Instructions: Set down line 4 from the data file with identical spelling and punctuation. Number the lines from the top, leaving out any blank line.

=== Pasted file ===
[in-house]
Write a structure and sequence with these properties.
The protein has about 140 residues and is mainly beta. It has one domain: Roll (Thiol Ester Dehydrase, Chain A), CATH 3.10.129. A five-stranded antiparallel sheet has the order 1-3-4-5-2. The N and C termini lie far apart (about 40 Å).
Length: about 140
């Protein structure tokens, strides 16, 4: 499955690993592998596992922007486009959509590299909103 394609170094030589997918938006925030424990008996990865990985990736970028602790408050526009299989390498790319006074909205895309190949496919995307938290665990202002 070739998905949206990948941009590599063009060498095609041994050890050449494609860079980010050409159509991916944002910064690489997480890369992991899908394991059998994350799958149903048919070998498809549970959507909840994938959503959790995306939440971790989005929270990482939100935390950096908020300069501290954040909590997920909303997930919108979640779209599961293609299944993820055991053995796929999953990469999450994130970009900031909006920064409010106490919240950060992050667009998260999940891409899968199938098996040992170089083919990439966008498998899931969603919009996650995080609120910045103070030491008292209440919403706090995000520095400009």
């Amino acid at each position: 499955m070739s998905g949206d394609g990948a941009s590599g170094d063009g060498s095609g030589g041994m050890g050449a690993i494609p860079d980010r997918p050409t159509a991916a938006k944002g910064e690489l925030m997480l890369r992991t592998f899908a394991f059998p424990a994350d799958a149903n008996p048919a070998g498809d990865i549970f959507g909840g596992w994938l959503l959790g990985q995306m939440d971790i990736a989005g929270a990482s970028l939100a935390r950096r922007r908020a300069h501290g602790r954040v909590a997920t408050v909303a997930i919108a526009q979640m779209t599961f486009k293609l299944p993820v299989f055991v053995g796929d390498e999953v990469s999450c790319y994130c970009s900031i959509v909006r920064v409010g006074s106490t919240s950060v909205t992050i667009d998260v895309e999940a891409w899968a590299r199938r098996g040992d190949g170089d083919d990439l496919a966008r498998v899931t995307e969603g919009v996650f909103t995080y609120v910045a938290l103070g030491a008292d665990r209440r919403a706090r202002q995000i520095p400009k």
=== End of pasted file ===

Length: about 140